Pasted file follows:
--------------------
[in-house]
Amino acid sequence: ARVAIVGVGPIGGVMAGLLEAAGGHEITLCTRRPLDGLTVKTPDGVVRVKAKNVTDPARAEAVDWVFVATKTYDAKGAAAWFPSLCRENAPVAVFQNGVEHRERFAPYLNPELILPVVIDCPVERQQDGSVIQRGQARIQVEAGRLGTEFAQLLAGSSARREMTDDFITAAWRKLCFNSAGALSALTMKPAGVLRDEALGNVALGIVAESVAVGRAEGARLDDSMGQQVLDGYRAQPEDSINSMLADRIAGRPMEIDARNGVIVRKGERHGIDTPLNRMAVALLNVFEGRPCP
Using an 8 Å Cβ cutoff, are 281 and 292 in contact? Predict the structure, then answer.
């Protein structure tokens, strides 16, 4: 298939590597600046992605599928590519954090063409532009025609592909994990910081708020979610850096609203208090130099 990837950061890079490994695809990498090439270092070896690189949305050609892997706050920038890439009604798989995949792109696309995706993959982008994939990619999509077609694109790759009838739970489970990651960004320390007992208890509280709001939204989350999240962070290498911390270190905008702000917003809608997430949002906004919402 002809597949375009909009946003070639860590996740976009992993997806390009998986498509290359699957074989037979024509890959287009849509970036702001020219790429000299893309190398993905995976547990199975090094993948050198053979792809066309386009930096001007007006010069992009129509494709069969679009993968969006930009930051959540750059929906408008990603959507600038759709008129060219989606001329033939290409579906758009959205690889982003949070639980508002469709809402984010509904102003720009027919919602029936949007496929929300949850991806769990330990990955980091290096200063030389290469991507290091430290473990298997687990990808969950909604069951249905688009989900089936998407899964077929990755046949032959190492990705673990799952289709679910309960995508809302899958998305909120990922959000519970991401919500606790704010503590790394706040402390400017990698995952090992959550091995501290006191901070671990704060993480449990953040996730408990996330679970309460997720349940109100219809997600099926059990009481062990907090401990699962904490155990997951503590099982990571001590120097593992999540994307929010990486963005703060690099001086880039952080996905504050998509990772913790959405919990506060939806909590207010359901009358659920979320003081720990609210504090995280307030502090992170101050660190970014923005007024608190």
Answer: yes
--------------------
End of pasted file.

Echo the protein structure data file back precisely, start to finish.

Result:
[in-house]
Amino acid sequence: ARVAIVGVGPIGGVMAGLLEAAGGHEITLCTRRPLDGLTVKTPDGVVRVKAKNVTDPARAEAVDWVFVATKTYDAKGAAAWFPSLCRENAPVAVFQNGVEHRERFAPYLNPELILPVVIDCPVERQQDGSVIQRGQARIQVEAGRLGTEFAQLLAGSSARREMTDDFITAAWRKLCFNSAGALSALTMKPAGVLRDEALGNVALGIVAESVAVGRAEGARLDDSMGQQVLDGYRAQPEDSINSMLADRIAGRPMEIDARNGVIVRKGERHGIDTPLNRMAVALLNVFEGRPCP
Using an 8 Å Cβ cutoff, are 281 and 292 in contact? Predict the structure, then answer.
């Protein structure tokens, strides 16, 4: 298939590597600046992605599928590519954090063409532009025609592909994990910081708020979610850096609203208090130099 990837950061890079490994695809990498090439270092070896690189949305050609892997706050920038890439009604798989995949792109696309995706993959982008994939990619999509077609694109790759009838739970489970990651960004320390007992208890509280709001939204989350999240962070290498911390270190905008702000917003809608997430949002906004919402 002809597949375009909009946003070639860590996740976009992993997806390009998986498509290359699957074989037979024509890959287009849509970036702001020219790429000299893309190398993905995976547990199975090094993948050198053979792809066309386009930096001007007006010069992009129509494709069969679009993968969006930009930051959540750059929906408008990603959507600038759709008129060219989606001329033939290409579906758009959205690889982003949070639980508002469709809402984010509904102003720009027919919602029936949007496929929300949850991806769990330990990955980091290096200063030389290469991507290091430290473990298997687990990808969950909604069951249905688009989900089936998407899964077929990755046949032959190492990705673990799952289709679910309960995508809302899958998305909120990922959000519970991401919500606790704010503590790394706040402390400017990698995952090992959550091995501290006191901070671990704060993480449990953040996730408990996330679970309460997720349940109100219809997600099926059990009481062990907090401990699962904490155990997951503590099982990571001590120097593992999540994307929010990486963005703060690099001086880039952080996905504050998509990772913790959405919990506060939806909590207010359901009358659920979320003081720990609210504090995280307030502090992170101050660190970014923005007024608190």
Answer: yes